DCG’s “carefully crafted campaign of lies”?

FTX’s monumental collapse not only destroyed a cryptocurrency exchange and wiped out billions in customer deposits, it also exposed accounting irregularities in Barry Silbert’s empire, the Digital Currency Group or DCG. That’s according to Bitcoin (BTC) billionaire and Gemini co-founder, Cameron Winklevoss. The FTX explosion caused Genesis Global Trading, another DCG company, to suspend new loan originations and repayments, a decision that directly affected Winklevoss’ Gemini Earn program. The withdrawal pause has been in place for nearly two months, prompting Winklevoss to write two open letters addressed to Silbert and the DCG board. The second open letter, released this week, stated that Silbert was “not fit” to lead DCG and that there was no way forward with him at the helm.

Following last week’s Crypto Biz newsletter, this week’s agenda refocuses on the dispute between Winklevoss and Silbert. We also analyze the latest Coinbase layoffs and the status of the Voyager sale to Binance.US.

Cameron Winklevoss: “There is no way forward as long as Barry Silbert remains CEO of DCG”

In a four-page letter to DCG’s board, Winklevoss said Silbert, DCG and Genesis orchestrated “a carefully crafted campaign of lies” to cover up a $1.2 billion hole in Genesis’ balance sheet following the collapse of Three Arrows Capital (3AC). Once 3AC went belly up, Silbert had two options: restructure the Genesis loan book or fill the hole. According to Winklevoss, Silbert did neither and pretended to inject fresh funds into the loan company. Winklevoss also said that there were “recursive exchanges” between 3AC and Grayscale Bitcoin Trust (GBTC), which actually amounted to “exchange transactions” of Bitcoin for GBTC by Genesis. “These false statements […] they were a sleight of hand designed to make it appear that Genesis was creditworthy and able to meet its obligations to lenders without DCG committing to provide the necessary financial backing to make that true,” said Winklevoss.

Digital Currency Group Under Investigation by US Authorities: Report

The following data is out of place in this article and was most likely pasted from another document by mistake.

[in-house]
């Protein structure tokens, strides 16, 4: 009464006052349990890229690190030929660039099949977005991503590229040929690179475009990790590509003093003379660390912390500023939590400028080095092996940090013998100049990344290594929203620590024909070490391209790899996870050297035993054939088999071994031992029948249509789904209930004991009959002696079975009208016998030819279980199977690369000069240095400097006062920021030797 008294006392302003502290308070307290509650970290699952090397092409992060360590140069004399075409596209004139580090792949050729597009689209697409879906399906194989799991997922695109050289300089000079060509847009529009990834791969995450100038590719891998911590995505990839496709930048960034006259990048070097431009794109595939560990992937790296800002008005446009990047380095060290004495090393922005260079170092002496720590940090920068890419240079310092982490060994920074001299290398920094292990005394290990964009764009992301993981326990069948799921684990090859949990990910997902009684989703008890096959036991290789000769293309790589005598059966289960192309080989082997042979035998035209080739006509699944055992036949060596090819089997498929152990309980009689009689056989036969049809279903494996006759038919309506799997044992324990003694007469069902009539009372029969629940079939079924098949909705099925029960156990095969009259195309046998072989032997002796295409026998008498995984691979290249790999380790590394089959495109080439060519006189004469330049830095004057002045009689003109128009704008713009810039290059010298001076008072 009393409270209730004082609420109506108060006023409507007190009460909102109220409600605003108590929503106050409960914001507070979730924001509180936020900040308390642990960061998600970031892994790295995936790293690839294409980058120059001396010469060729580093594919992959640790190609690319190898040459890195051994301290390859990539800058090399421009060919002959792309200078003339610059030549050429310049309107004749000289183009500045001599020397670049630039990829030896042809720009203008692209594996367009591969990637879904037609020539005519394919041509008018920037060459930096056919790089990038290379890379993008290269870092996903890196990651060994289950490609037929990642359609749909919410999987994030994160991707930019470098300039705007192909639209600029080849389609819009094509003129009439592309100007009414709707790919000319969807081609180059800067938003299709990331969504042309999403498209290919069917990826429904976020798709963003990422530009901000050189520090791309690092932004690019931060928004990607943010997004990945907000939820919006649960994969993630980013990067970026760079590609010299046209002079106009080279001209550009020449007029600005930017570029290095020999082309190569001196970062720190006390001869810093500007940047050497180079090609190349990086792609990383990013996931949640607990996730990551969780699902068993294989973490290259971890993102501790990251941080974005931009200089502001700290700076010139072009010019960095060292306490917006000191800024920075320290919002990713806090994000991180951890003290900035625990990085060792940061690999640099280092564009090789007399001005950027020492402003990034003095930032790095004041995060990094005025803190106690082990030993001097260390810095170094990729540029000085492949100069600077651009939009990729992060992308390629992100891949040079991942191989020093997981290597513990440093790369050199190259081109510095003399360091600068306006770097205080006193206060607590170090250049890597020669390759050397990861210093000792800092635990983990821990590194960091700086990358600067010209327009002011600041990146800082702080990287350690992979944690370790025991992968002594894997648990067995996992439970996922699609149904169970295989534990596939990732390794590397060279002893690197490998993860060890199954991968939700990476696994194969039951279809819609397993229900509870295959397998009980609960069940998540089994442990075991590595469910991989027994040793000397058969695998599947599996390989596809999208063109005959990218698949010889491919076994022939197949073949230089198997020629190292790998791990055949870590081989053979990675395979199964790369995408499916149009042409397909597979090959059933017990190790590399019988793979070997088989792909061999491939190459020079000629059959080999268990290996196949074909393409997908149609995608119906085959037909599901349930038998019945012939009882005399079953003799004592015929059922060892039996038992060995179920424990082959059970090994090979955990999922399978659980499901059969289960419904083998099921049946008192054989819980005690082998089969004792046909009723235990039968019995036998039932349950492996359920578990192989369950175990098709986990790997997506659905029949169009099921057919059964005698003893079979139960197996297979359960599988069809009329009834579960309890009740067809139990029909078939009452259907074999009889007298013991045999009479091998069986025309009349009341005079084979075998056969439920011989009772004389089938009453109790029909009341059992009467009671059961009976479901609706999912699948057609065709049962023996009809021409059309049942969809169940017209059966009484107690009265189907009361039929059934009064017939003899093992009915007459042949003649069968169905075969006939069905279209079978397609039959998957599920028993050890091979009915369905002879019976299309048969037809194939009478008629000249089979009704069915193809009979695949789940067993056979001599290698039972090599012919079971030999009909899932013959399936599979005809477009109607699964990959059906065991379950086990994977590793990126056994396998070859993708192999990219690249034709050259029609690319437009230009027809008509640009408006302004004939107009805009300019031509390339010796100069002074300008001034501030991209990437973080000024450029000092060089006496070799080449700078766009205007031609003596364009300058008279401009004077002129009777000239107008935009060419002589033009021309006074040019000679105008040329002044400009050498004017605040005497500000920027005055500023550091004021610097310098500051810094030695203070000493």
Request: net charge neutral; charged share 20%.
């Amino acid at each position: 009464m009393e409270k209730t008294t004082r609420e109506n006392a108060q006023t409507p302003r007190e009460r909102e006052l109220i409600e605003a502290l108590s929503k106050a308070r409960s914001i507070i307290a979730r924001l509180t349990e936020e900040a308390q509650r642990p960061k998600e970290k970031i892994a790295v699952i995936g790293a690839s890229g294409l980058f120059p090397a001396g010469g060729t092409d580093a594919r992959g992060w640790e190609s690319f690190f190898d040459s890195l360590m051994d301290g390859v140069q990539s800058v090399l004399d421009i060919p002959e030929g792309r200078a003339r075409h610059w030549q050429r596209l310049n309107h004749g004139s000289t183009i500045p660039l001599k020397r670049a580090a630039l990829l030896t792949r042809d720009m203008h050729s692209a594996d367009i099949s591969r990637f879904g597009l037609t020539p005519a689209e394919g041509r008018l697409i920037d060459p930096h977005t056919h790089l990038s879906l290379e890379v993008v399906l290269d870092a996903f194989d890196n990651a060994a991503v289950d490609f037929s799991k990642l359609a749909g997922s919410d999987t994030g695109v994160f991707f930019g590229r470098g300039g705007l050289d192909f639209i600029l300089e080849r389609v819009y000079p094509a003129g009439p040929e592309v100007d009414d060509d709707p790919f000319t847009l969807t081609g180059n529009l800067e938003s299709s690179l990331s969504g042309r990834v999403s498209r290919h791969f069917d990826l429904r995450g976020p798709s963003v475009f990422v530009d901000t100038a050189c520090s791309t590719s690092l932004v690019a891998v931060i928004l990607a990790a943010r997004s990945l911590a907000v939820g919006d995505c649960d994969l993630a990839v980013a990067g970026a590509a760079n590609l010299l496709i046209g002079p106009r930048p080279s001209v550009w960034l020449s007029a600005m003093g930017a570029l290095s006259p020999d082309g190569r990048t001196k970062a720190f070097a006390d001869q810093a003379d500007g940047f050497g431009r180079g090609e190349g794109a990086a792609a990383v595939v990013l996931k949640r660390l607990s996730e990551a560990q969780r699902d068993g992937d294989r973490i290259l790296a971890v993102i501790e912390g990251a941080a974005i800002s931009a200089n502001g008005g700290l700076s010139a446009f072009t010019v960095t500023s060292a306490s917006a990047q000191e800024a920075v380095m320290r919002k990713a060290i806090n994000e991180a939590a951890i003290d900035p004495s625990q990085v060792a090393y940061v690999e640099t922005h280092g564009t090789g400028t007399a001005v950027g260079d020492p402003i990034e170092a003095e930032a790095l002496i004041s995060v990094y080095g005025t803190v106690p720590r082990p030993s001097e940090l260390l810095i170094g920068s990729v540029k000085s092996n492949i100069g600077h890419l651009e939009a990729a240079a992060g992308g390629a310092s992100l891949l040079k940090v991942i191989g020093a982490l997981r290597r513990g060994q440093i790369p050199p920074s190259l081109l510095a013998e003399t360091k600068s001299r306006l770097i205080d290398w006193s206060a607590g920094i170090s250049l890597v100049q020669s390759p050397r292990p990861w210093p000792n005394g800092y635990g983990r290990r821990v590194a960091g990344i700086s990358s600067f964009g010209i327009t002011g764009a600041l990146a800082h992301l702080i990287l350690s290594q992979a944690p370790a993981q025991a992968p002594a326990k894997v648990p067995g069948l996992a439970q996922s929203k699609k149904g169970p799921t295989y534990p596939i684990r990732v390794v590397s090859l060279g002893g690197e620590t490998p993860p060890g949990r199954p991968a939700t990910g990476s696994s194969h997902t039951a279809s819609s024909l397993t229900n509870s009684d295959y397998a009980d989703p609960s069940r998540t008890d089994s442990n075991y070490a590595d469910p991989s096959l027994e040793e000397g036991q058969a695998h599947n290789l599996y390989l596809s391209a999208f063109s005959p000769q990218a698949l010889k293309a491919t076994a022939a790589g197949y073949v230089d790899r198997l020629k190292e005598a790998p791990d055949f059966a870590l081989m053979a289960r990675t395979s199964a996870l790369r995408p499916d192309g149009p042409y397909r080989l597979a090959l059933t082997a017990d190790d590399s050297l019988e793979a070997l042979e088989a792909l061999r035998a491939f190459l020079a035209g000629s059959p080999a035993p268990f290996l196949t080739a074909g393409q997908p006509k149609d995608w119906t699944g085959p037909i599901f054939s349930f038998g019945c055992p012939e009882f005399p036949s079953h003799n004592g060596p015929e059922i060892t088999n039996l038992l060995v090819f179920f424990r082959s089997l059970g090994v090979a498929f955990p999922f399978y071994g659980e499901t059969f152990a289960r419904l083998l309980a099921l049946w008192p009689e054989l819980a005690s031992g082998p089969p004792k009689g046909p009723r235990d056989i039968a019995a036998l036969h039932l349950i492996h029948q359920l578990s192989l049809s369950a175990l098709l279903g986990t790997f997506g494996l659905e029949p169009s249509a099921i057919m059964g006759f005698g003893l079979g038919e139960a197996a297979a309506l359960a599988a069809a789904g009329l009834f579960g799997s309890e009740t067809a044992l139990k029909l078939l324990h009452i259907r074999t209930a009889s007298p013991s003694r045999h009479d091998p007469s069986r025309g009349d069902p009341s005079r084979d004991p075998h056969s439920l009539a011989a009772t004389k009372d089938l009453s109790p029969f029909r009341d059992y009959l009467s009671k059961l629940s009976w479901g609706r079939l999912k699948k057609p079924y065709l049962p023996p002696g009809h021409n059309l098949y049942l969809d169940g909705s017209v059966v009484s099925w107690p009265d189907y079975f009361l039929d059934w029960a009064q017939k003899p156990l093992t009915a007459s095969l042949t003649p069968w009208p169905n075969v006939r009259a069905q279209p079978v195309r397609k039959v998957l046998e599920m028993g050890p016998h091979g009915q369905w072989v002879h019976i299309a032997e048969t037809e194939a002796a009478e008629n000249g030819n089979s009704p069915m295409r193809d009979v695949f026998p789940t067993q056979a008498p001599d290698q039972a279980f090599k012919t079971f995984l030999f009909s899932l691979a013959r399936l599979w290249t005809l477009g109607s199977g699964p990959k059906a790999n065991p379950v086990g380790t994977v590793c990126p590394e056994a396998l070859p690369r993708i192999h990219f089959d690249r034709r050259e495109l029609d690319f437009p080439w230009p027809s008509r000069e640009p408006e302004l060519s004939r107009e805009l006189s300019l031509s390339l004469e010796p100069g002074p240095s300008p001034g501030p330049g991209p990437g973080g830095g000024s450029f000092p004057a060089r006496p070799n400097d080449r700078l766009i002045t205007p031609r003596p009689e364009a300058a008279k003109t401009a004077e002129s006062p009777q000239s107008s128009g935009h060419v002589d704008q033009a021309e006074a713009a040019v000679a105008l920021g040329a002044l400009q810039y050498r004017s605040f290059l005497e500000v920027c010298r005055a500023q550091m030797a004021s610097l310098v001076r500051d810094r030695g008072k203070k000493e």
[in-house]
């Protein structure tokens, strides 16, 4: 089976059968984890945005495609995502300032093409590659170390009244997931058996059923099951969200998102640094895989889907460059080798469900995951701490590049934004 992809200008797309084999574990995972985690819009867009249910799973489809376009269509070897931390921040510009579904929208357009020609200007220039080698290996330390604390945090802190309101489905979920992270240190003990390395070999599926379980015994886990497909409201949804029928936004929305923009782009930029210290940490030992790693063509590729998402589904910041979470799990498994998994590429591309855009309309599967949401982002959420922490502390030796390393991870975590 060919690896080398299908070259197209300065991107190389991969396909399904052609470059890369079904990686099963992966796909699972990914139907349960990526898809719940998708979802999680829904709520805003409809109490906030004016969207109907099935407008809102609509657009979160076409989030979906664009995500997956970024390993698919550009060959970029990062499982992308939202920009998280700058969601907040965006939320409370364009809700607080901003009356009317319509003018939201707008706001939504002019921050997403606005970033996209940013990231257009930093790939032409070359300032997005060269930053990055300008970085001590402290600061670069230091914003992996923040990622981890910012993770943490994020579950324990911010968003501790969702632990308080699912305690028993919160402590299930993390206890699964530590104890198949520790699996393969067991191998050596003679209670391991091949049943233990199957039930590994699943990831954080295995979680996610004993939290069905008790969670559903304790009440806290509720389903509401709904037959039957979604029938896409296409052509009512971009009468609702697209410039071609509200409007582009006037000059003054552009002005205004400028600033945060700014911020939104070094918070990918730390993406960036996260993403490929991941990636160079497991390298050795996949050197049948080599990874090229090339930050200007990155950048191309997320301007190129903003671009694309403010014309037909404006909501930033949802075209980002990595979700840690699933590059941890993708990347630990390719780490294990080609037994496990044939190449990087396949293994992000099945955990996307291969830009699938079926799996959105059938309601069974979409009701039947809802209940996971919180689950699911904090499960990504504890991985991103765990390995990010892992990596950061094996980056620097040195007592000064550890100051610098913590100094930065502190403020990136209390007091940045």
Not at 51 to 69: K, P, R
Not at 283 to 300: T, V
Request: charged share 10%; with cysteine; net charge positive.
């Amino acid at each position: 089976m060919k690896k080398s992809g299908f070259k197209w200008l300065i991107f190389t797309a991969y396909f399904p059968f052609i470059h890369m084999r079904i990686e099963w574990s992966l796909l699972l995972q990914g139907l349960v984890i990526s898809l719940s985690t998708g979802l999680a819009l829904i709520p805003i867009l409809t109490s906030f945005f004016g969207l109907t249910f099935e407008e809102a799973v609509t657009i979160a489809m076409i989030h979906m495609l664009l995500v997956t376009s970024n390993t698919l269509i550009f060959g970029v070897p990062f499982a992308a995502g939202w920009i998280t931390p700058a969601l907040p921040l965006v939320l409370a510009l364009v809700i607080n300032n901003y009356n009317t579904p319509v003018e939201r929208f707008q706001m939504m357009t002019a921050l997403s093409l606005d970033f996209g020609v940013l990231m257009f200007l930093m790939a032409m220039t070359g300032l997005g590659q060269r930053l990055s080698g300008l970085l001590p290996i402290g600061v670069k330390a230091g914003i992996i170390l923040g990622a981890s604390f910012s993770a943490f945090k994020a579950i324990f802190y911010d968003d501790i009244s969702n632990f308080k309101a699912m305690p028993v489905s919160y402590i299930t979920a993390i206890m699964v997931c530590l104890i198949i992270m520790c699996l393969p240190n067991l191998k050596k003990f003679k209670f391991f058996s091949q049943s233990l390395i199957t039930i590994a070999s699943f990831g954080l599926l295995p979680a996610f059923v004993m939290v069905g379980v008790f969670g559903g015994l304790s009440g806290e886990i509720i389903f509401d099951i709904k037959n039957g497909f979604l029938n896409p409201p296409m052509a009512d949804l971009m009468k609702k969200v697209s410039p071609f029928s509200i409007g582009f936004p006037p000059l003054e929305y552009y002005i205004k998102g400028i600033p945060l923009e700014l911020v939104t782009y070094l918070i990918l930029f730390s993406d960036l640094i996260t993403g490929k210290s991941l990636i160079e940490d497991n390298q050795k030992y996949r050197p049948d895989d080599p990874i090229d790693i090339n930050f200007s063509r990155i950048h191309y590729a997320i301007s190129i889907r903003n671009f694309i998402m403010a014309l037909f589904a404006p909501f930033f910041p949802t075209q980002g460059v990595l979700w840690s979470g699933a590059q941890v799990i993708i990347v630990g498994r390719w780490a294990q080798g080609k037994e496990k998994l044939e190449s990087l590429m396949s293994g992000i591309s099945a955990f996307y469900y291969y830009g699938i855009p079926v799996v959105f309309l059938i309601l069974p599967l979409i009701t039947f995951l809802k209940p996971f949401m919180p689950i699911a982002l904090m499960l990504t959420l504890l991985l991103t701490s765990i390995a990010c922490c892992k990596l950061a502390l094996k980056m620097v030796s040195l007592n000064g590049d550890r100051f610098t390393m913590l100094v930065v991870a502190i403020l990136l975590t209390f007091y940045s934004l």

Digital Currency Group’s legal troubles appear to escalate as federal prosecutors in New York begin looking into its internal dealings. According to Bloomberg, authorities are investigating internal transfers between DCG and its subsidiary Genesis Global Capital and have requested interviews and documents from the companies. According to a person familiar with the matter, the US Securities and Exchange Commission is also part of the investigation. Losses in Genesis have started to mount following the collapse of hedge fund Three Arrows Capital. Since then, speculation about DCG’s insolvency has been rampant.

Coinbase to cut another 20% of its workforce in second wave of layoffs

Are you looking for a career in cryptocurrencies? Now is probably not the best time as bear market casualties continue to grow. This week, cryptocurrency exchange Coinbase announced it will cut its workforce by another 20% to contain operating costs. Coinbase laid off around 18% of its staff in June before the collapse of FTX dealt an unexpected blow to the industry, prompting another round of mass layoffs. CEO Brian Armstrong gave the usual assurance that Coinbase would emerge stronger in the future. In fact, it could be years before traditional investors look at digital assets again.

Voyager and Binance. The deal with the United States gave an initial nod during the national security inquiry

Binance.US’ proposed takeover of Voyager Digital is nearing completion after a New York bankruptcy judge allowed the bankrupt crypto lender to enter into an asset purchase agreement and seek lender approval to the sale. At the same time, Voyager answered questions from the Committee on Foreign Investment in the United States (CFIUS), which presumably has some concerns about the transaction. The CFIUS is an inter-agency body charged with reviewing foreign acquisitions of U.S. companies for national security reasons. The sale of Voyager to Binance.US was initially agreed in December 2022 for $1.022 billion.

Before You Go: Is the bear market winding down?

Bitcoin and the broader cryptocurrency market enjoyed a rare rally earlier this week, raising cautious optimism that the worst of the recession is over. Has the cryptocurrency market bottomed out or can we expect further suffering in the near future? In this week’s Market Report, I sat down with fellow analysts Marcel Pechman and Joe Hall to discuss whether there is room for optimism following the latest rally (if you can call it that). You can watch the full replay below.

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